(50 μl at 10% w/v Acetonitrile) on
Cotton in Open Vial
Empty Quart Can101, 103, 106, 110,
113, 116, 117, 118,
119
Quart Can containing101, 103, 106, 110,
2,3-Dimethyldinitrobutane113, 116, 117, 118,
(50 μl at 10% w/v Acetonitrile) on119
Cotton in Open Vial
Empty Quart Can101, 103, 106, 110,
113, 116, 117, 118,
119
Quart Can containing110, 101, 103, 116,100.0% 
TNT Aid106, 113, 119, 117,
118

TABLE 58
Field Testing Results of Odor Compounds
Hide ContentNo AlertInterestAlert% Alert
Electrical Box containing103, 108, 109, 111,
Cotton in 2.0 mil LDPE113, 115, 116, 119,
126, 128
Electrical Box containing103, 108, 109, 111,
Cyclohexanone113, 115, 116, 119,
0.5 μl on Cotton in 2.0 mil LDPE126, 128
Empty Electrical Box103, 108, 109, 111,
113, 115, 116, 119,
126, 128
Electrical Box containing108, 111, 113, 115,103, 10920.0%
2-Ethyl-1hexanol116, 119, 126, 128
0.5 μl on Cotton in 2.0 mil LDPE
Empty Electrical Box103, 108, 109, 111,
113, 115, 116, 119,
126, 128
Electrical Box containing108, 111, 113, 115,103, 10920.0%
2-Nitrotoluene116, 119, 126, 128
0.5 μl on Cotton in 2.0 mil LDPE

TABLE 59
Field Testing Results of Odor Compounds
Hide ContentNo AlertInterestAlert% Alert
Electrical Box containing108, 109, 110,
Gauze in 2 mil LDPE112, 113, 115, 116,
119, 127, 132
Electrical Box containing108, 109, 110,115
Cyclohexanone112, 113, 116, 119,
(10 μl) on Gauze in 2 mil LDPE127, 132
Empty Electrical Box108, 109, 110,
112, 113, 115, 116,
119, 127, 132
Electrical Box containing108, 109, 127110, 112, 113, 115,70.0%
2-Ethyl-1-hexanol116, 119, 132
(10 μl) on Gauze in 2 mil LDPE

TABLE 60
Field Testing Results of Odor Compounds
Hide ContentNo AlertInterestAlert% Alert
Electrical Box containing106, 107, 109, 113,
Cotton in 2.0 mil LDPE116, 118, 119, 124,
125, 126, 127, 129
Electrical Box containing107, 109, 113, 118,116, 119, 126, 129106, 8.3%
Cyclohexanone124, 125, 127
25 μl on Cotton in 2.0 mil LDPE
Empty Electrical Box106, 107, 109, 113,
116, 118, 119, 124,
125, 126, 127, 129
Electrical Box containing107, 124, 125, 126,109, 113, 116, 118,106, 119,16.6%
2-Ethyl-1hexanol129127
25 μl on Cotton in 2.0 mil LDPE
Empty Electrical Box106, 107, 109, 113,
116, 118, 119, 124,
125, 126, 127, 129
Electrical Box containing106, 107, 109, 113,116
2-Nitrotoluene118, 119, 124, 125,
25 μl on Cotton in 2.0 mil LDPE126, 127, 129

TABLE 61
Field Testing Results of Odor Compounds
Hide ContentNo AlertInterestAlert% Alert
Electrical Box containing101, 103, 106, 108,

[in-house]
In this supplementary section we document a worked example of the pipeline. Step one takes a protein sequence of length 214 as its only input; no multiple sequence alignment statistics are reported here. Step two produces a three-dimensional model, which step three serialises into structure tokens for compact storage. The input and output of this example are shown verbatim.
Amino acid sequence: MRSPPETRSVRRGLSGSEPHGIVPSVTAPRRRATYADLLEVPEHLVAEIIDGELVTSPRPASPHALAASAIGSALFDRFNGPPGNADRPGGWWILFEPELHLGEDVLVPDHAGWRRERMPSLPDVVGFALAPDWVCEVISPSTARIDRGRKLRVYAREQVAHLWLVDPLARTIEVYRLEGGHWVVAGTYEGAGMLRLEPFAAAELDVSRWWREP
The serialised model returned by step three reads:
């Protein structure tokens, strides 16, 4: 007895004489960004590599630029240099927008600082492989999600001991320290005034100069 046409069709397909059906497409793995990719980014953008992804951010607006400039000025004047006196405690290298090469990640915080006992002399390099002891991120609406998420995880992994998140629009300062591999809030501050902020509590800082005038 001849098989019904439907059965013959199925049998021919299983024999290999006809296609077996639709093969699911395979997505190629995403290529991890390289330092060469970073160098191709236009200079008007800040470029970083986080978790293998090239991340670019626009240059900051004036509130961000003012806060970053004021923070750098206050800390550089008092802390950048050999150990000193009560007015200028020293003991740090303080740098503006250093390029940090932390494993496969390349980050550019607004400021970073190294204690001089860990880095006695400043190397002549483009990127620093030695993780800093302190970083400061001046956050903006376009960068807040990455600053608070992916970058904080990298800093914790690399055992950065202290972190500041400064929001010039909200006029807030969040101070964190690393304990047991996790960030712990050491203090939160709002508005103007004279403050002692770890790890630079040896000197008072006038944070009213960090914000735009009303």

100 μl Acetonitrile109, 111, 116, 117,
On Cotton123, 124, 125, 126,
127, 128, 129
Empty Electrical Box101, 103, 106, 108,
109, 111, 116, 117,
123, 124, 125, 126,
127, 128, 129
Electrical Box containing101, 103, 106, 108,
100 pg 2-Ethyl-1-hexanol109, 111, 116, 117,
(100 μl at 1 ppb Acetonitrile)123, 124, 125, 126,
on Cotton127, 128, 129
Electrical Box containing101, 103, 106, 108,
1 ng 2-Ethyl-1-hexanol109, 111, 116, 117,
(100 μl at 10 ppb Acetonitrile)123, 124, 125, 126,
on Cotton127, 128, 129
Electrical Box containing101, 106, 108, 109,1036.7%
10 ng 2-Ethyl-1-hexanol111, 116, 117, 123,
(100 μl at 100 ppb Acetonitrile)124, 125, 126, 127,
on Cotton128, 129
Electrical Box containing101, 106, 108, 109,1036.7%
100 ng 2-Ethyl-1-hexanol111, 116, 117, 123,
(100 μl at 1 ppm Acetonitrile)124, 125, 126, 127,
on Cotton128, 129
Electrical Box containing101, 106, 108, 109,1036.7%
1 ug 2-Ethyl-1-hexanol111, 116, 117, 123,
(100 μl at 10 ppm Acetonitrile)124, 125, 126, 127,
on Cotton128, 129
Electrical Box containing101, 106, 108, 109,1036.7%
10 ug 2-Ethyl-1-hexanol111, 116, 117, 123,
(100 μl at 100 ppm Acetonitrile) on124, 125, 126, 127,
Cotton128, 129
Electrical Box containing101, 106, 108, 109,103, 11713.3% 
100 ug 2-Ethyl-1-hexanol111, 116, 123, 124,
(100 μl at 1000 ppm Acetonitrile)125, 126, 127, 128,
on Cotton129
Electrical Box containing101, 106, 108, 109,103, 11713.3% 
1 mg 2-Ethyl-1-hexanol111, 116, 123, 124,
(100 μl at 10,000 ppm Acetonitrile)125, 126, 127, 128,
on Cotton129
Electrical Box containing101, 109, 111, 116,108, 127, 128103, 106, 117, 126,33.3% 
10 mg 2-Ethyl-1-hexanol123, 124, 125129
(100 μl at 100,000 ppm
Acetonitrile) on Cotton

Smokeless Powders

Whilst it is a common low explosive odor, 2,4-dinitrotoluene was tested previously for the high explosives, and thus there was little benefit of testing it again by itself for the low explosives. Trinitroglycerin, diphenylamine, ethyl centralite and 2-nitrodiphenylamine were chosen for the activity testing based upon the headspace chemistries observed previously in Smokeless Powders.

Trinitroglycerin

The canines were presented with a package of heart medication that contained trinitroglycerin. A bottle of 25×0.4 mg tablets was opened and presented to the canines as an additional item during the field trial in Table 63. 3/12 canines alerted and 3/12 gave an interested response to the medication that contained a total mass of 10.0 mg trinitroglycerin.